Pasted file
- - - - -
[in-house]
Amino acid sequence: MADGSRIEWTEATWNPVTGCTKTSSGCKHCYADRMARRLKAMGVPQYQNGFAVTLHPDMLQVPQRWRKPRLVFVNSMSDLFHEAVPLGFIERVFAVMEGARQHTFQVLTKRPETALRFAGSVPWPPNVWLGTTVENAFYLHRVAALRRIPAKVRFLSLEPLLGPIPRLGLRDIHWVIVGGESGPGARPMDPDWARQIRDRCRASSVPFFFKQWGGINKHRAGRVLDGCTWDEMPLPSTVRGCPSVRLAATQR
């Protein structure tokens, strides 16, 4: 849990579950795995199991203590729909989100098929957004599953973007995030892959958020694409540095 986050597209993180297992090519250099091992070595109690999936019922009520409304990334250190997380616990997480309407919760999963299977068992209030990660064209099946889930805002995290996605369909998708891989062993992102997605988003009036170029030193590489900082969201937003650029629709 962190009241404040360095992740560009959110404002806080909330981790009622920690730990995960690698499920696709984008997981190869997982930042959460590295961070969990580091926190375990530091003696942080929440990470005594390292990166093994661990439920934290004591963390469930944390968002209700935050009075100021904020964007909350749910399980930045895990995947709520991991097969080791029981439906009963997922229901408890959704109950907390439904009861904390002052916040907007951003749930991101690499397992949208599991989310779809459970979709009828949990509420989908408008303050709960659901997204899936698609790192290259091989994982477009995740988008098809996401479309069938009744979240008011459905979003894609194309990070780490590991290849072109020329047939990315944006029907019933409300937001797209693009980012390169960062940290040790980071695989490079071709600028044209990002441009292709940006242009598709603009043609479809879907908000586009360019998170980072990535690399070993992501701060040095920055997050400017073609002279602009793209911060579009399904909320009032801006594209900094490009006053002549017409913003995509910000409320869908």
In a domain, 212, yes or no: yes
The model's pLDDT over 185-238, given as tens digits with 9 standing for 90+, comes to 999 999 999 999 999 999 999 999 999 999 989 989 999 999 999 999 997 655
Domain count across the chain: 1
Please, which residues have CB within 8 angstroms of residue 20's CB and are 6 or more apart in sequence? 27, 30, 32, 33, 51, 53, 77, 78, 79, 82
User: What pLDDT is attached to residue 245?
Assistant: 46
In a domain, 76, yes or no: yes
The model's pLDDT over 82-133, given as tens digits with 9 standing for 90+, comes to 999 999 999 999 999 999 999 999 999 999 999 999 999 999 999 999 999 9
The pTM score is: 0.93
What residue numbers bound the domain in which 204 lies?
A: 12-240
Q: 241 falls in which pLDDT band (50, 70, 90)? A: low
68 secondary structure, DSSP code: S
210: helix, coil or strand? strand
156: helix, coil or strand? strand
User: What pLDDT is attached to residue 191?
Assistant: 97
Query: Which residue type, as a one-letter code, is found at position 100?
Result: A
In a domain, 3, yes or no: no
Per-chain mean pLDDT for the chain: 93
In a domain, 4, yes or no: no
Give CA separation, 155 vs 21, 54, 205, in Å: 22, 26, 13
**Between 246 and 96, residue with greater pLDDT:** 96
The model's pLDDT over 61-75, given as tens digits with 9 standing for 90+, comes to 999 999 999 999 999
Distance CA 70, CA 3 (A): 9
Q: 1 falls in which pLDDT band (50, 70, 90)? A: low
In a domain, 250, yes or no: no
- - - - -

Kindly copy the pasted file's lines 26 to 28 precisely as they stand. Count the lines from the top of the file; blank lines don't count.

Give CA separation, 155 vs 21, 54, 205, in Å: 22, 26, 13
**Between 246 and 96, residue with greater pLDDT:** 96
The model's pLDDT over 61-75, given as tens digits with 9 standing for 90+, comes to 999 999 999 999 999